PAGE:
Running with my Father
by Michael Selman
Dad has been my running idol for years. He was running
before it was fashionable to be a runner. I remember once, while he
was jogging in the late 60's, a cop pulled over and asked him if he
was running away from someone. Dad had started running on the advice
of his doctor, as a way to combat high blood pressure.
Today, I once again ran with him. He and mom are visiting from NC
because my daughter is here for her spring break. (A granddaughter
really knows how to tug at the heartstrings.)
My father is the one who motivated me to start running 18 years
ago. I still remember the first race we ever ran together. It was
the first race I ever ran. It was a July 4th race in Massapequa Park,
NY, called the Firecracker 5K. It was the only race he ever beat me
legitimately in. I was new to running and he was already a seasoned
veteran. I remember hitting the first mile right on 8 minutes. I had
never run a mile that fast in my life. Dad was still in sight then,
but slowly pulled away and beat me by over a minute. I ran 25 something.
I improved quickly and was running sub 21 by the end of the year,
but always jumped at the chance to run with Dad. I was more of the
racer, and he was more the recreational runner. Whenever we raced
together, I would pace him.
In 1984, we ran a 5 mile race together in 37:30. In 1985, after
I had moved to NC, we ran a 10K through UNC campus in 47:20 on a very
hilly course. I remember running a half marathon with him in the fall
of 1992 in Wilmington and running 2:00:13. We had wanted to break
2 hours. The last time we raced together was 2 years ago. We did a
5K in 30:30.
Yes, he has slowed through the years, but, after all, he is now
73 years old. We have always used our running time to communicate
with each other. When we're just sitting around, the conIdeal Fitnesstion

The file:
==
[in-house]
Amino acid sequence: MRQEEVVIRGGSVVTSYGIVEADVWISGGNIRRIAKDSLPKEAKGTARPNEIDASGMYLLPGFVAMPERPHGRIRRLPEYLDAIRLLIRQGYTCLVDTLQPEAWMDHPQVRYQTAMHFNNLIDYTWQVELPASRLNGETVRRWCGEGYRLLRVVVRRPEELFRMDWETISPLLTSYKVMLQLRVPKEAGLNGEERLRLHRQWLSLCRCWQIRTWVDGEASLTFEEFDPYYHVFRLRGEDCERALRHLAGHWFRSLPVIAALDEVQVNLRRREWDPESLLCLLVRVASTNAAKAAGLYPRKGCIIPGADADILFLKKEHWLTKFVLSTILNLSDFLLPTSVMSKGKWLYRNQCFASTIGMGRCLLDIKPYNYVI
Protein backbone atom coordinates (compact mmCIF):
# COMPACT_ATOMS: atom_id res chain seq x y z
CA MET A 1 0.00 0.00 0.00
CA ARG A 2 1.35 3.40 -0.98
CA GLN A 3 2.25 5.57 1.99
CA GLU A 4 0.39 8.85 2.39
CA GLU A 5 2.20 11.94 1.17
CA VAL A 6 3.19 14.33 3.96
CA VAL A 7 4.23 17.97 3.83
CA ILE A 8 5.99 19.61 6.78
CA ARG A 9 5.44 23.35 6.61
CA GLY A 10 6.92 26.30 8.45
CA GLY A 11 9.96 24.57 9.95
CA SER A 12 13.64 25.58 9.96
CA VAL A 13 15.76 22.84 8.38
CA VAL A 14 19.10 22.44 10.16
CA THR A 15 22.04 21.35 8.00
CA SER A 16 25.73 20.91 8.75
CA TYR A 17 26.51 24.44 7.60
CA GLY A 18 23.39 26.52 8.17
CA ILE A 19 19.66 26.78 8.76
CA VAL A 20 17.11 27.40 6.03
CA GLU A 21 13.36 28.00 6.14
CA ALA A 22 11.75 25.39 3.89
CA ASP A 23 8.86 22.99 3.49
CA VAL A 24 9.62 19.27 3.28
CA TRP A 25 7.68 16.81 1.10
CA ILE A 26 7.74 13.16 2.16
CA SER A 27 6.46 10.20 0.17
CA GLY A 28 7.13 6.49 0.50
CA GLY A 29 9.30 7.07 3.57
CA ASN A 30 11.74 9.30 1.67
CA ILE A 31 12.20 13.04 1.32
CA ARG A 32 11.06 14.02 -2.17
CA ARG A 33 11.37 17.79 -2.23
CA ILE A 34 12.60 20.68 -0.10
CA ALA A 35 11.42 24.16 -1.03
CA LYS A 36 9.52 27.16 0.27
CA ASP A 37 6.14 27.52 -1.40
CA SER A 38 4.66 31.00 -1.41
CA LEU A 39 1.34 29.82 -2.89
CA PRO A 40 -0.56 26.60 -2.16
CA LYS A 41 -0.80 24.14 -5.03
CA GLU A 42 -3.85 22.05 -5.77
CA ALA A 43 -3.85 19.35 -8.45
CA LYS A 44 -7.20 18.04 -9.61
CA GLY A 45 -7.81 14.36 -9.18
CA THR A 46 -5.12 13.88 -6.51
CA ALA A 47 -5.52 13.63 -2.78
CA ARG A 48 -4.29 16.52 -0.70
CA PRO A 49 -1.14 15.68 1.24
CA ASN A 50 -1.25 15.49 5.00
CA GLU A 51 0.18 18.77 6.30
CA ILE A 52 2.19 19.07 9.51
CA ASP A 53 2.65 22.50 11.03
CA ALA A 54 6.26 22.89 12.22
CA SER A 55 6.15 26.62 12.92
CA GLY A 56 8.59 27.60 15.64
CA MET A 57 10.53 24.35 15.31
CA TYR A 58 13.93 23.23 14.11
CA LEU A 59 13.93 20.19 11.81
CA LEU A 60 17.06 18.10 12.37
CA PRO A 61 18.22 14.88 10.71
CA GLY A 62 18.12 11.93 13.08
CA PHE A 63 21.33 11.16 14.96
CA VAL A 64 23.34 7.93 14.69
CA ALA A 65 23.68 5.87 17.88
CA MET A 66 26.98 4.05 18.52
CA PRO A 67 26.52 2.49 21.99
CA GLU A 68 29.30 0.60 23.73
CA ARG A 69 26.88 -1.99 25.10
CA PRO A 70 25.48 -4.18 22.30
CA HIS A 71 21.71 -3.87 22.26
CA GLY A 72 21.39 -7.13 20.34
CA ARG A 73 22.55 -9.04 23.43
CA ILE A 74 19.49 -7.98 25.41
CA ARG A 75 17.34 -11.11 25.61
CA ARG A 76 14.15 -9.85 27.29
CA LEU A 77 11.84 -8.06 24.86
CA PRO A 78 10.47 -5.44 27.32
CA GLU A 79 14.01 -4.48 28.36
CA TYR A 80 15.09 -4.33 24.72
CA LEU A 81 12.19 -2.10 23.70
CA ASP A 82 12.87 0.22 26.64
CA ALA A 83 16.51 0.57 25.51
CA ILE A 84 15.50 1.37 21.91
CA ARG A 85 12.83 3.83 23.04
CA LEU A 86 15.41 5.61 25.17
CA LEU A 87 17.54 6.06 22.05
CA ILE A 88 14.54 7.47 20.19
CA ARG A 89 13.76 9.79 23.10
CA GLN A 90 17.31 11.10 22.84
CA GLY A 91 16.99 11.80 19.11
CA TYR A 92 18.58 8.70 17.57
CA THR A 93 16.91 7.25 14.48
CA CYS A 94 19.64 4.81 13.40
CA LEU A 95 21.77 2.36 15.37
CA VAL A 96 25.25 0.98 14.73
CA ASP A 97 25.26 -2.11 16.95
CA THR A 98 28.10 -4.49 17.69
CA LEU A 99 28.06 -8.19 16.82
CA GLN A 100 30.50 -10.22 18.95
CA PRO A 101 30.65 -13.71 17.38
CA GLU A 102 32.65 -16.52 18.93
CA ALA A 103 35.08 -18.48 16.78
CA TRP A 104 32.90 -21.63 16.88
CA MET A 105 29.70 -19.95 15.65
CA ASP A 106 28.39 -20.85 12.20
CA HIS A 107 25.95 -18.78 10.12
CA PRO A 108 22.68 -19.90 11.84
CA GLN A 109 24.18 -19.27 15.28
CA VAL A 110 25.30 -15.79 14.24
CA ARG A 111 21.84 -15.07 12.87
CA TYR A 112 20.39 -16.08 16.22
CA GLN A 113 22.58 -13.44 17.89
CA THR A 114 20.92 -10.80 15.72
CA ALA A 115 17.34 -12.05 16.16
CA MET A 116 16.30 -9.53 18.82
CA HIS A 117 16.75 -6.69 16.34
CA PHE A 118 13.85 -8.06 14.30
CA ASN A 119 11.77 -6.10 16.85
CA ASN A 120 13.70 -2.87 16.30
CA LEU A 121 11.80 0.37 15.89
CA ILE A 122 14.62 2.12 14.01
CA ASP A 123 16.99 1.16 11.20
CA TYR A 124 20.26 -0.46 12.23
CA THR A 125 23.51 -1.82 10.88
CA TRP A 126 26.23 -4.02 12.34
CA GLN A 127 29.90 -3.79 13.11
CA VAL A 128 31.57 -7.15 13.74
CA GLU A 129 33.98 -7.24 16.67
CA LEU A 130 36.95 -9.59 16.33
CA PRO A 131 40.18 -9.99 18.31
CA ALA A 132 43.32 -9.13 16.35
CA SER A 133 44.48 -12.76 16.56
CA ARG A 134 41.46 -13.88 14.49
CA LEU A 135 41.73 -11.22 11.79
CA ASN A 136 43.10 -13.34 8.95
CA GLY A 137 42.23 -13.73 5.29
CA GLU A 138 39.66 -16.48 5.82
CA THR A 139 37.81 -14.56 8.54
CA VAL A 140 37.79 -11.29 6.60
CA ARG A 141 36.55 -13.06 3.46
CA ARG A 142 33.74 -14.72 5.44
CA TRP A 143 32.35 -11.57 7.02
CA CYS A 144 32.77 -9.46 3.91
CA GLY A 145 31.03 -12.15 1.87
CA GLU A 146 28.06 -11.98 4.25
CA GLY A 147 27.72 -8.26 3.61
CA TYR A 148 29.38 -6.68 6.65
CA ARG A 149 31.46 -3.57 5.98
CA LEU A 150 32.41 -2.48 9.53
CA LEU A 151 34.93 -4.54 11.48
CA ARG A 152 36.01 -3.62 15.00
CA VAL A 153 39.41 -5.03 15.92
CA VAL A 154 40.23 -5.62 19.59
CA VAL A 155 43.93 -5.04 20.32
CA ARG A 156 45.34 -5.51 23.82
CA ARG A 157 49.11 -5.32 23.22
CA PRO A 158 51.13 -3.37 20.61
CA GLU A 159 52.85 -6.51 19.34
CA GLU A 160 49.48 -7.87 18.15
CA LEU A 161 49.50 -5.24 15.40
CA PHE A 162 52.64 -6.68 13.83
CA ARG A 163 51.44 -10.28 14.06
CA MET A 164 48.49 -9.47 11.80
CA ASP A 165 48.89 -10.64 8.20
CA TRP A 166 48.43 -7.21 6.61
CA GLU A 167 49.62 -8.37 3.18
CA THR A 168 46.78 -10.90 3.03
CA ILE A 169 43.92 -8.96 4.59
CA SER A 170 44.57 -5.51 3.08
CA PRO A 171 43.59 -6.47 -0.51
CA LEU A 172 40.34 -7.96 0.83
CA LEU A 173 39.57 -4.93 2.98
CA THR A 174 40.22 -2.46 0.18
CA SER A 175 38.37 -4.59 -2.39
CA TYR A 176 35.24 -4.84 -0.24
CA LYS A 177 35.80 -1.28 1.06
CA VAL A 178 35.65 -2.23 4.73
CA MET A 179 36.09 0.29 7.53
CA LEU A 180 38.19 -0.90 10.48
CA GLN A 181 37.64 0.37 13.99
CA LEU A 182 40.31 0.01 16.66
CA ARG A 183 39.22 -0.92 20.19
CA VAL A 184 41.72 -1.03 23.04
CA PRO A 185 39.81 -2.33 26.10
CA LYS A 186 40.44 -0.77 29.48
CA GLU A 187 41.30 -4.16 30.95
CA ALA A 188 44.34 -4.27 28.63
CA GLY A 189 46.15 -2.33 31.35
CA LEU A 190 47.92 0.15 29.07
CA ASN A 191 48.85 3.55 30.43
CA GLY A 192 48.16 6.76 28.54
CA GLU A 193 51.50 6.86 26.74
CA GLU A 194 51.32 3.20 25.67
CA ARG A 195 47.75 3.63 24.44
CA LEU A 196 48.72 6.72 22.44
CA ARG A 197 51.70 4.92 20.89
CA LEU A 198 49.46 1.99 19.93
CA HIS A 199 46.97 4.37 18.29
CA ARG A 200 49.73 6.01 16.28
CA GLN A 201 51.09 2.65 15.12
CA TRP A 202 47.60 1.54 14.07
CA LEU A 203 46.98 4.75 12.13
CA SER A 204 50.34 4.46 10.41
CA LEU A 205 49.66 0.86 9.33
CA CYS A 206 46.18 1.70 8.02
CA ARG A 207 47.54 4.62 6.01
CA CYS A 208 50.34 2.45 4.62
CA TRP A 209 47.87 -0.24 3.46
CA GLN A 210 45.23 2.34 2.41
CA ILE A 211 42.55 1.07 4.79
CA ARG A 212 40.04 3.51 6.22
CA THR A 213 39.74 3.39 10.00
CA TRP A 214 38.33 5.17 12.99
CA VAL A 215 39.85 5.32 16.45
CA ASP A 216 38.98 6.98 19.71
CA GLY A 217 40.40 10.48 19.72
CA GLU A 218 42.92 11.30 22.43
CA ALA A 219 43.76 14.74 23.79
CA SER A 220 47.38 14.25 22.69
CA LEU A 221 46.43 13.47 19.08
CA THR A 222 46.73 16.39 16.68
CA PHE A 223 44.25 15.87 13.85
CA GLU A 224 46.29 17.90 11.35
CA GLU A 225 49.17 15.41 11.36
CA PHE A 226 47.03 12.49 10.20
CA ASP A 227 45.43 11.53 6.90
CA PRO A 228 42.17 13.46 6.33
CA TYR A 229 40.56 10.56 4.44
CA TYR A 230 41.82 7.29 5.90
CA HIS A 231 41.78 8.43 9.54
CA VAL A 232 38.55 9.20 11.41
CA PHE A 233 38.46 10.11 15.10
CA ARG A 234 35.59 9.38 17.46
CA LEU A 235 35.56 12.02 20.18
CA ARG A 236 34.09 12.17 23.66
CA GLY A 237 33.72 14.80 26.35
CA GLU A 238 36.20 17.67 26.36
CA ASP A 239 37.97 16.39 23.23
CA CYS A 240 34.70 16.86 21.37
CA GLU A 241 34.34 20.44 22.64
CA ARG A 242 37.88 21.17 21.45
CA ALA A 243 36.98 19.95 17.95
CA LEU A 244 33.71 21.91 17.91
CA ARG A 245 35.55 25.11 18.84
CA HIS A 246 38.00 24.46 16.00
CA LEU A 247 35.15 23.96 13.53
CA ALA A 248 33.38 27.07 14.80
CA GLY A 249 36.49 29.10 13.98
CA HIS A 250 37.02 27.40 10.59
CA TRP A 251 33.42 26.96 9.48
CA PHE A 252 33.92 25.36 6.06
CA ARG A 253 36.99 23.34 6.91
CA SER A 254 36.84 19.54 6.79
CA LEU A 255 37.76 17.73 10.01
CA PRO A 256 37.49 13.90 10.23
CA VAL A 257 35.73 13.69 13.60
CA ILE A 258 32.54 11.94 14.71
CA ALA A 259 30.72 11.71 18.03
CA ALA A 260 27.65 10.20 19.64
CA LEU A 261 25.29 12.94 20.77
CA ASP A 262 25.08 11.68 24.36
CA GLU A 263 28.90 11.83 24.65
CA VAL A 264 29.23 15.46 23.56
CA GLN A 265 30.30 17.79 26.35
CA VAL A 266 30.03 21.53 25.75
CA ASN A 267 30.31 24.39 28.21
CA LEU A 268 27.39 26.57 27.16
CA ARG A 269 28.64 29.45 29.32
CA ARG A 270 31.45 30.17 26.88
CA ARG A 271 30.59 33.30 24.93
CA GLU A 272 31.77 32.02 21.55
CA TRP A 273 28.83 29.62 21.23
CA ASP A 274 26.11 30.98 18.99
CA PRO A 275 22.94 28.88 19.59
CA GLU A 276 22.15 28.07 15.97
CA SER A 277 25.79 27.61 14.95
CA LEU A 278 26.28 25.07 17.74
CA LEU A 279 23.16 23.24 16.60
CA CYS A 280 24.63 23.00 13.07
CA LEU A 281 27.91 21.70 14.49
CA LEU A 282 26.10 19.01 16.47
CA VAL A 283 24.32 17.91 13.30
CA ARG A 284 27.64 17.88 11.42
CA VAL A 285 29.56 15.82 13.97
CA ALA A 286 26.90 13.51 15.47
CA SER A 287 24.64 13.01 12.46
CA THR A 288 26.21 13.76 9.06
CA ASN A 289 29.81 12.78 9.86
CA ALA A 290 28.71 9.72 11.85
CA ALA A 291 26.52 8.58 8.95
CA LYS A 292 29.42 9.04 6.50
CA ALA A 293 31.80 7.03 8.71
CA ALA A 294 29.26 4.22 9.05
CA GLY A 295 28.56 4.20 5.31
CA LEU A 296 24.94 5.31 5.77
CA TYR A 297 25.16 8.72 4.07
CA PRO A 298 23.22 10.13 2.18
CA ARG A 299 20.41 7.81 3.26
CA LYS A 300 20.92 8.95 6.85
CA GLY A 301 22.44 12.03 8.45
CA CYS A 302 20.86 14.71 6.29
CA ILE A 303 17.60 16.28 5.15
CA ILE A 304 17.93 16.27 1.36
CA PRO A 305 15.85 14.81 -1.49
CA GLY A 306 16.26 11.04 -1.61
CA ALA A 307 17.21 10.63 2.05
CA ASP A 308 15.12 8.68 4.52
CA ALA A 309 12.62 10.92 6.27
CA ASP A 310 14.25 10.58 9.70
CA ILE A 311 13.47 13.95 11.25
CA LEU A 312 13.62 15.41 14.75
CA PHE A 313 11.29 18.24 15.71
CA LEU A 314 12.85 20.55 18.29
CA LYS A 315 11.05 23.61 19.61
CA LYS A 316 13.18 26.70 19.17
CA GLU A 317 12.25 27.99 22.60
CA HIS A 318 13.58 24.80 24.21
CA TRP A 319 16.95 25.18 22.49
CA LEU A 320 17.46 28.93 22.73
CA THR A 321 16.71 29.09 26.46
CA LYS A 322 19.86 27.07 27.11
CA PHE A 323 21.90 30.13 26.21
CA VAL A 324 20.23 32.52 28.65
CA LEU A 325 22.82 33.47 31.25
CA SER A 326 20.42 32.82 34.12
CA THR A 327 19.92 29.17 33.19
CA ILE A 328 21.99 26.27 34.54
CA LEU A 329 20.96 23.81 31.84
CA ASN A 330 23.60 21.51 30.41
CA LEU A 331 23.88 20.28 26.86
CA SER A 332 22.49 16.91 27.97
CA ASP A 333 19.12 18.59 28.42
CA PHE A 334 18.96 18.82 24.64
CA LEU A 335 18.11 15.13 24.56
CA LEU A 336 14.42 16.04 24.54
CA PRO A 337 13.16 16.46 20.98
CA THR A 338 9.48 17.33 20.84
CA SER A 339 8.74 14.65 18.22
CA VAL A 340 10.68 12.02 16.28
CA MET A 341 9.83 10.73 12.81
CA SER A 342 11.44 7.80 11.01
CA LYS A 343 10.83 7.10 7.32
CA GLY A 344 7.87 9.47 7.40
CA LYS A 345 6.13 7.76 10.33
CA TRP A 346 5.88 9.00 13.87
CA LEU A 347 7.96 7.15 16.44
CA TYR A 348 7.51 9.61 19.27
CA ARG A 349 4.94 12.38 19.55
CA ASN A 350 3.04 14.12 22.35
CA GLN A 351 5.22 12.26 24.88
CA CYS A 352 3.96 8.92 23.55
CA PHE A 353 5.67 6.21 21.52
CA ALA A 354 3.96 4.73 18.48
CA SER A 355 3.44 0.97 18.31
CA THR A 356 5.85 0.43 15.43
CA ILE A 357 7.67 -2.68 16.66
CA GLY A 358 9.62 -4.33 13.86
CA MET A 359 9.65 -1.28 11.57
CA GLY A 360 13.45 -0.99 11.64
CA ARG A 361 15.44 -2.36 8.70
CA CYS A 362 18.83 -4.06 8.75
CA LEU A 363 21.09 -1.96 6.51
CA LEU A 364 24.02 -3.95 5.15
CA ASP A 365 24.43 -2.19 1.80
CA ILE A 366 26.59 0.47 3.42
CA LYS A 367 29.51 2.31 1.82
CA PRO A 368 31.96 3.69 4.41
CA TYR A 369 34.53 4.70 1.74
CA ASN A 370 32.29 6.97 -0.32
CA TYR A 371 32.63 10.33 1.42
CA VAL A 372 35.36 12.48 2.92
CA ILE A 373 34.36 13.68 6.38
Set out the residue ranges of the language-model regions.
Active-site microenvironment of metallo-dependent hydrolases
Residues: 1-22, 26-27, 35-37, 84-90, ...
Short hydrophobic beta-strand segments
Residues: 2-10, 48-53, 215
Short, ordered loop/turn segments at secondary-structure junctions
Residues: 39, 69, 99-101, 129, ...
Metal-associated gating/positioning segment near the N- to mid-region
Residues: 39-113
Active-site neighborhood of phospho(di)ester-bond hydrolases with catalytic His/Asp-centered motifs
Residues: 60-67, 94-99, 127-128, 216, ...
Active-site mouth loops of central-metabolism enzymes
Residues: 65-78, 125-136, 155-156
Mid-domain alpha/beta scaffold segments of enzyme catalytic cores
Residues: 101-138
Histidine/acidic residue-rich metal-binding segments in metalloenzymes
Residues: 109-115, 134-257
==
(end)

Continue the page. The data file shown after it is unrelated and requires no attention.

can be sometimes awkward. But side by side, running together, we understand
We used to talk a lot on our runs, but he doesn't hear as well as
he used to, so today we just ran. The rains were still falling as
we left the house, but quickly stopped within the first mile of our
run. We ran, silently, side by side, for 5 miles, which we covered
in a little over 55 minutes. I know that there will come a day, possibly
soon, when we will not be running together any more. I just want to
soak up as much of it now, while I still can.
After 5 miles of running, and really not saying a word, we were
finished. As we walked up the driveway towards the house, we looked
at each other, smiled warmly, and shook hands. Without saying a word,
we had possibly communicated better in the past hour than we had in
And his doctor, were he still alive, I am certain, would be pleased
with the current state of Dad's health.
' Copyright 2000 Michael Selman, Used with permission.
Michael enjoys hearing from his readers. You can reach him at The
Michael Selman is a freelance writer living in Atlanta
GA. His passions are running, and writing about running, and his goal
is to capture the thoughts, as well as the imagination of the common
runner. His thoughts have been published in many of the top running
magazines, including Runners World Footnotes and Marathon & Beyond.
His column Thoughts of a Roads Scholar is well known throughout the